Scientific Report of the 2020 Dietary Guidelines Advisory Committee

(Troy) #1

Report in the link
Lots of pages!:face_with_monocle:

As a reminder, USDA and HHS will consider the Advisory Committee’s Scientific Report, along with public and agency comments, as the Departments develop the 2020-2025 Dietary Guidelines for Americans

The United States Departments of Agriculture and Health and Human Services thank the 2020 Dietary Guidelines Advisory Committee for its independent scientific review on nutrition and health and for submitting the Scientific Report of the 2020 Dietary Guidelines Advisory Committee to the Secretaries of USDA and HHS. The public is encouraged to submit comments to the Departments on the Scientific Report.

The first print of the Scientific Report of the 2020 Dietary Guidelines Advisory Committee is being provided to the public online. Use the links below to download the Scientific Report, in full or in part by section or chapter. The report will be formatted for publication and available in hard copy later this year. Online-only supplementary materials for data analysis, food pattern modeling, and NESR systematic reviews are also provided at the bottom of the page.

(charlie3) #2

I’ve just started reading (800+ pages plus appendices)). So far it appears to me they’re not budging from the balanced diet concept that assumes most of the population is “normal” so they should be able to eat the same. They also keep the idea that there are good carbs and bad carbs even though they all enter the blood stream as sugar. There isn’t good and bad sugar, only sugar.

The report I would like to read would be an encyclopedia of diet trends, nutrition research, the current schools of thought, and loaded with links for further learning. The commission should recommend that we all need to learn then make informed choices that government cannot make for us. The conversation about food should be in the population, not the government.

(Bob M) #3

Marion Nestle’s review:

Considering they ignored basically all the newer studies on saturated fat, I have no words for this:

(Bunny) #4

What the scientist sees?

Sugar from Whole Foods have fiber so gut microbiome is going to absorb most of it and then you have refined sugars which most people eat too much of?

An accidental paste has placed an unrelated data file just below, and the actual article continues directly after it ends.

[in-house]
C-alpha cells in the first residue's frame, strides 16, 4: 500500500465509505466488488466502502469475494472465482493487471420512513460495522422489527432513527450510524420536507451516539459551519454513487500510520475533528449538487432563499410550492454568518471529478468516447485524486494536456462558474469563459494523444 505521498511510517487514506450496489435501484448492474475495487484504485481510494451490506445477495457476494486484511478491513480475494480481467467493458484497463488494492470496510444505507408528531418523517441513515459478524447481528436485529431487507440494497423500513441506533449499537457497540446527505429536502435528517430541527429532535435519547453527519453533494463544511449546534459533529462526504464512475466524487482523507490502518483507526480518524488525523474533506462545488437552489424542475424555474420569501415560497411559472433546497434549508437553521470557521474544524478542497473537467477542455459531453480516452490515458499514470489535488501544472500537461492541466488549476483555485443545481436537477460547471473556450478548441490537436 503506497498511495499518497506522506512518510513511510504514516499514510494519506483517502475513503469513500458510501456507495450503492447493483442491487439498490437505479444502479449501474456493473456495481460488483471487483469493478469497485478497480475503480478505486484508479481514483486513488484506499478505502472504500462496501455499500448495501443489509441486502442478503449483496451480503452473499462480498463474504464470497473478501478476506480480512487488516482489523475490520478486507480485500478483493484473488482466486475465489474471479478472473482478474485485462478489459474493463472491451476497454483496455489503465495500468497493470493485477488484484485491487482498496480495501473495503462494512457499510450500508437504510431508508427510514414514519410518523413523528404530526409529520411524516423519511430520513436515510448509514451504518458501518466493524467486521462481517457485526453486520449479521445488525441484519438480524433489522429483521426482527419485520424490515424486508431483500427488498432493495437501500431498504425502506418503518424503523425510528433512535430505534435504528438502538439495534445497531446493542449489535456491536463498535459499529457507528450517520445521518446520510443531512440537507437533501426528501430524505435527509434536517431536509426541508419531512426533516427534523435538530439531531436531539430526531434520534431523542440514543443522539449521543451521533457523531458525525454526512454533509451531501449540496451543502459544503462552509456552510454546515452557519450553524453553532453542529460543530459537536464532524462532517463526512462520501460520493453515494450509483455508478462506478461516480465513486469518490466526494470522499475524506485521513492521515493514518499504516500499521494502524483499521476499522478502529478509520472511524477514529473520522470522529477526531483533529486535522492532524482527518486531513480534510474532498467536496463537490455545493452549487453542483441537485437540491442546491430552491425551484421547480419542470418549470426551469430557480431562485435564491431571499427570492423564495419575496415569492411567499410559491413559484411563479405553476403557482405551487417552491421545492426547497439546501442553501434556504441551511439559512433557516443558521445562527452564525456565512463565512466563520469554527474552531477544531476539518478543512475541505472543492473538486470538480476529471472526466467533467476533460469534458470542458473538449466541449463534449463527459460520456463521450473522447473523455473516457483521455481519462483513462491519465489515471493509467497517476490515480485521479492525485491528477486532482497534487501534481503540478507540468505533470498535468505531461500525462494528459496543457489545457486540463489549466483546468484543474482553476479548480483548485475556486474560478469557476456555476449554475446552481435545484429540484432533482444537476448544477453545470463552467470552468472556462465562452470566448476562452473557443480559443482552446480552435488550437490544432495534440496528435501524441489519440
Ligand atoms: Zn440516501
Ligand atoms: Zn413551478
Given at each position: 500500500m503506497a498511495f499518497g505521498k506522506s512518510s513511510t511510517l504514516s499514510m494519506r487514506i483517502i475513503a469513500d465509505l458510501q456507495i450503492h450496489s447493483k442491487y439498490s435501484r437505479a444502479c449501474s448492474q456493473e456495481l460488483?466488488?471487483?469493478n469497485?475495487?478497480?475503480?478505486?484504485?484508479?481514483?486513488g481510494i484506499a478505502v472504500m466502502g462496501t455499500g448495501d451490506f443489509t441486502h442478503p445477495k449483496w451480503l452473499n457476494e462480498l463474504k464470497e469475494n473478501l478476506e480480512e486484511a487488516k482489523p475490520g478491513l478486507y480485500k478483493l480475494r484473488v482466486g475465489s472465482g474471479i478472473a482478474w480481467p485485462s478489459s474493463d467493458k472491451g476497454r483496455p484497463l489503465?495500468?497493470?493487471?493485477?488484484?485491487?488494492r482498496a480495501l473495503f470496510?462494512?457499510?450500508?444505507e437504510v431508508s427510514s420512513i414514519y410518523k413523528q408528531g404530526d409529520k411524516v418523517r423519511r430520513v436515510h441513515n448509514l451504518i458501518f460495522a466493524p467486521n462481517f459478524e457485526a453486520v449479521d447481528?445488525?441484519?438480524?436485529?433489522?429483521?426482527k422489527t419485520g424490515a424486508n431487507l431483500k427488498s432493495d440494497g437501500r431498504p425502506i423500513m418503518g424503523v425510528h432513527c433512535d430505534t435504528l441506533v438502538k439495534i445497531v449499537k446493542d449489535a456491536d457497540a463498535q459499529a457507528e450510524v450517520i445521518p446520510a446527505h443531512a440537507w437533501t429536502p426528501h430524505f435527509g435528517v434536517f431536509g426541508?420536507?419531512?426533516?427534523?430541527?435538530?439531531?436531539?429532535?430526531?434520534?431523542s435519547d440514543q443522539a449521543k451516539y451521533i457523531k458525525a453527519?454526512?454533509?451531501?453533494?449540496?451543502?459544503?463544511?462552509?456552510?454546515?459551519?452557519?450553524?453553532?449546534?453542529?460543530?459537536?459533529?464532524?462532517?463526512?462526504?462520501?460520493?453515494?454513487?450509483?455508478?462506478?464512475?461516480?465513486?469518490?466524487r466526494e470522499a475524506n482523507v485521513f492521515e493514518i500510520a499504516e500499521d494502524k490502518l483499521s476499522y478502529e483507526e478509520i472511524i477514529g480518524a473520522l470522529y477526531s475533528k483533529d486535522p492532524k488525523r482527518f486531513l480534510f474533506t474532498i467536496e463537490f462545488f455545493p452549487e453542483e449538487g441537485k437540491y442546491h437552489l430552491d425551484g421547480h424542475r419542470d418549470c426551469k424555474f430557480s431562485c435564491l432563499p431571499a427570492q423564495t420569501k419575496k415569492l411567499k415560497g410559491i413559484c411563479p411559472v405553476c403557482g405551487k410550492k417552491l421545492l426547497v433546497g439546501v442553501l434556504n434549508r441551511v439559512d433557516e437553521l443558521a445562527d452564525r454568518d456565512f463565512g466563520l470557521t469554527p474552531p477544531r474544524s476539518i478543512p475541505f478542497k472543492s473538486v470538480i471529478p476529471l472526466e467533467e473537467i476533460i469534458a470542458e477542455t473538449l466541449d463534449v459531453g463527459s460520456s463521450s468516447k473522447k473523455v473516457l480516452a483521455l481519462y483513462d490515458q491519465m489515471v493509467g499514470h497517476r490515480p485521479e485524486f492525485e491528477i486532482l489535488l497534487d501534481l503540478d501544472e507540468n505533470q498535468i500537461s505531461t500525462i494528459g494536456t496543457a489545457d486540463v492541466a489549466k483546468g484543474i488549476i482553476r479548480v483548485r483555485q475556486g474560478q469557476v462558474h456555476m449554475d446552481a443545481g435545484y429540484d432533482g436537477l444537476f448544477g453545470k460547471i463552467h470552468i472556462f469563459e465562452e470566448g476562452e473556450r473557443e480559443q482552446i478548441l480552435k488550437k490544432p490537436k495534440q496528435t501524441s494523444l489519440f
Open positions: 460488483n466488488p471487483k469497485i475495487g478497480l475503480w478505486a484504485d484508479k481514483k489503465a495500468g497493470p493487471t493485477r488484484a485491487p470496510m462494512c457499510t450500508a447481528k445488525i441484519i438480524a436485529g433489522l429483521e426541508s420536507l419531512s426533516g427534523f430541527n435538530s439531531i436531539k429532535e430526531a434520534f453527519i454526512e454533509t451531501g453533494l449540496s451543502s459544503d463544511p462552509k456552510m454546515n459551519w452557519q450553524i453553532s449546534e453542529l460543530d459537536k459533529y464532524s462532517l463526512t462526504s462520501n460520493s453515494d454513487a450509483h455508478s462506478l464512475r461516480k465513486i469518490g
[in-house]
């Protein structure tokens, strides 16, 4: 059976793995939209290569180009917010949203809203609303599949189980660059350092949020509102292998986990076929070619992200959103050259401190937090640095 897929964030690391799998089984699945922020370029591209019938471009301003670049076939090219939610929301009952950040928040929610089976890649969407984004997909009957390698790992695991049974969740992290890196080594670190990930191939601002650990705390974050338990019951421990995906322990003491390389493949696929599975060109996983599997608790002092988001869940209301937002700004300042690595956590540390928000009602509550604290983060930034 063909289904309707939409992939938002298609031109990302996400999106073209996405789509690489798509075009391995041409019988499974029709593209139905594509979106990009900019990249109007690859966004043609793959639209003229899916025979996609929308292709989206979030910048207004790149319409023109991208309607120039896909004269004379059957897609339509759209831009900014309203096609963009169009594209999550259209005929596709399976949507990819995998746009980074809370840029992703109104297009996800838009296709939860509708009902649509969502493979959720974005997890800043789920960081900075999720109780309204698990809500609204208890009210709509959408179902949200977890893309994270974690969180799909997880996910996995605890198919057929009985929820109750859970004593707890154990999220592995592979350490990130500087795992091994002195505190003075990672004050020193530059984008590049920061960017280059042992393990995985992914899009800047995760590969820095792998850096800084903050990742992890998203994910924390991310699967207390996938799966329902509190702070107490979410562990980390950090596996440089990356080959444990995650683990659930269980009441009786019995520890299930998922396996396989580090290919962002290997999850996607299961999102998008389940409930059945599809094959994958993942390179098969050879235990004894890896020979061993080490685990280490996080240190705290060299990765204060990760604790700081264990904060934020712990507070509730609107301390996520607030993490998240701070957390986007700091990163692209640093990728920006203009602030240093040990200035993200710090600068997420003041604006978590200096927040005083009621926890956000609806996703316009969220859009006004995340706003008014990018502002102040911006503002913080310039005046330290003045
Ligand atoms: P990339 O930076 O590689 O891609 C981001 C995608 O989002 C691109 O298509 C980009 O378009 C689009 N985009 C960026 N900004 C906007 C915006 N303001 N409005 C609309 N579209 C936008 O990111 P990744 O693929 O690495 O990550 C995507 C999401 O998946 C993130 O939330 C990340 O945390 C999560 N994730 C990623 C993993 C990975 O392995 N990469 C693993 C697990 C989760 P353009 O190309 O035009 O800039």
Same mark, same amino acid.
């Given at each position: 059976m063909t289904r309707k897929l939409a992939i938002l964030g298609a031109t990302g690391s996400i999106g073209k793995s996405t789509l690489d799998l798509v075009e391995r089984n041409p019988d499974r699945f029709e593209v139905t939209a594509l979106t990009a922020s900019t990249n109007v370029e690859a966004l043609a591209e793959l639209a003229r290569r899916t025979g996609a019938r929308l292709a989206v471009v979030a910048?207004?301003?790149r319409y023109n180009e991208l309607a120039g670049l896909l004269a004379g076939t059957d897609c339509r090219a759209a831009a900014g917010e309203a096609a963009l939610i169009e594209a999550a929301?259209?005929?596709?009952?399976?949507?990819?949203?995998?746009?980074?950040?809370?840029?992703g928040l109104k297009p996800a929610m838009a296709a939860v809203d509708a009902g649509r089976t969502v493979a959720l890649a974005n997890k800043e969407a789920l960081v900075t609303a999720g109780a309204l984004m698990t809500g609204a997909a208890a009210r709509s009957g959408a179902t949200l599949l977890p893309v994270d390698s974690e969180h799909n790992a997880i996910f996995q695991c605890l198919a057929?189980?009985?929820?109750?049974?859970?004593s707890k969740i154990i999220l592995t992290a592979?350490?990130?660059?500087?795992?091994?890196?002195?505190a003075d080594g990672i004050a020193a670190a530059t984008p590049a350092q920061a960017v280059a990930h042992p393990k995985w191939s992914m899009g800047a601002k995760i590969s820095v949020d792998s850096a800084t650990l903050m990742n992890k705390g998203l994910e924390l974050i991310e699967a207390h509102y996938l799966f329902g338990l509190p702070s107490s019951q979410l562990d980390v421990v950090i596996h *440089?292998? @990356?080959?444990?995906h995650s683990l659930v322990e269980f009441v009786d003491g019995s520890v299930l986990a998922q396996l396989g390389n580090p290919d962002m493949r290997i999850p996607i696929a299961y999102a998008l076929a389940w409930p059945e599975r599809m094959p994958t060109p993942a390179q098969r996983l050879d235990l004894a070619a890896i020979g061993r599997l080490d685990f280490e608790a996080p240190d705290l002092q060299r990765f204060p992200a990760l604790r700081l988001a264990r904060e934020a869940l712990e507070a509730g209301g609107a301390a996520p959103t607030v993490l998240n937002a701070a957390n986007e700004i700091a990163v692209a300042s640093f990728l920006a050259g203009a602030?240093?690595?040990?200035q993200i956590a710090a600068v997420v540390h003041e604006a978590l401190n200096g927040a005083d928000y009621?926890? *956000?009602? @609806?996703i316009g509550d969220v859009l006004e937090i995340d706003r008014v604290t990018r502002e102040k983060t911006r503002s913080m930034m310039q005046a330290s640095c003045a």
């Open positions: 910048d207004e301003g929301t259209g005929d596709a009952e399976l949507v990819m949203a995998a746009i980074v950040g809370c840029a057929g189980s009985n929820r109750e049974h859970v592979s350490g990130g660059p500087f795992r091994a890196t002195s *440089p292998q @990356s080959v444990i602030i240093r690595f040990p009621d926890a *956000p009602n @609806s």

However sugar is not the real problem and your body makes it anyway?

Metabolic problems come from insulin issues; too much (chronically elevated) or not enough, not because of glucose, even if you eat just protein It still enters the blood stream as glucose and glucose does not always engage insulin so your going to burn up all your amino acids including muscle fibers when your just eating lean protein and too little fat or carbohydrates. Just protein all by itself (amino acids) engages insulin, no glucose required? Which is a good thing?

So what is the real problem? Eating too much when sedentary and not enough carbs and fat when trying to build muscle density made the problem worse by eating at a starvation deficit to hold onto body fat and gain no muscle. You can be a fat storing and non-protein sparing fat oxidizing life form or a glucose oxidizing and glycogen storing life form?

I can see why dietary guidelines never change because fat and protein eating carbohydrate restrictors can’t get their science straight?

(Bob M) #5

It’s based on religion, not science. There are multiple people on the board who are vegans or vegan wannabees.

And they did not use the GRADE system, and instead just used whatever studies they needed to “prove” what they wanted to prove.

Same old, same old.

(Bunny) #6

I can understand that to (‘save the animals’ etc.) however they have the science on their side whether we like it or not!

When you are to head strong and biased when one has one up over on the saddle over you, you will never win?

You may win the battle but you won’t win the war!


They don’t have the biochemistry(real science) on their side. Just frankenscience.

Time will tell.

(charlie3) #8

I find strict keto, 20 grams total carbs, too restrictive because of diet fatigue. I do better at 40 net carbs. Nearly all of those come from my daily non starchy vegetable salad. I usually have about 6 days a month eating only animal products which pulls the monthly net carbs to 30 grams. That results in a fasting blood sugar in the mid 80’s and A1C at 5.3. My problem with talking about insulin is I don’t know of a practical way to measure it’s behavior over time. (I’m also not interested in measuring ketones, seems to be an ambiguous signal). I’m more afraid of high blood sugar than elevated cholosteral, and mine sure is elevated. I’m one of the hyper responders and it started with exercise and the low carb diet change.

I’m going to use text to speech to listen to as much of the report as I can bear. (I use an Android app for listening called @voice. Recommended)

(Bunny) #9

This video by Mike Mutzel really brings the 5 different subgroups of diabetes to the forefront:

High Insulin Not the Only Path to Blood Sugar Issues: 5 Diabetes Subgroups

See also: Science of Berberine - Rhonda Patrick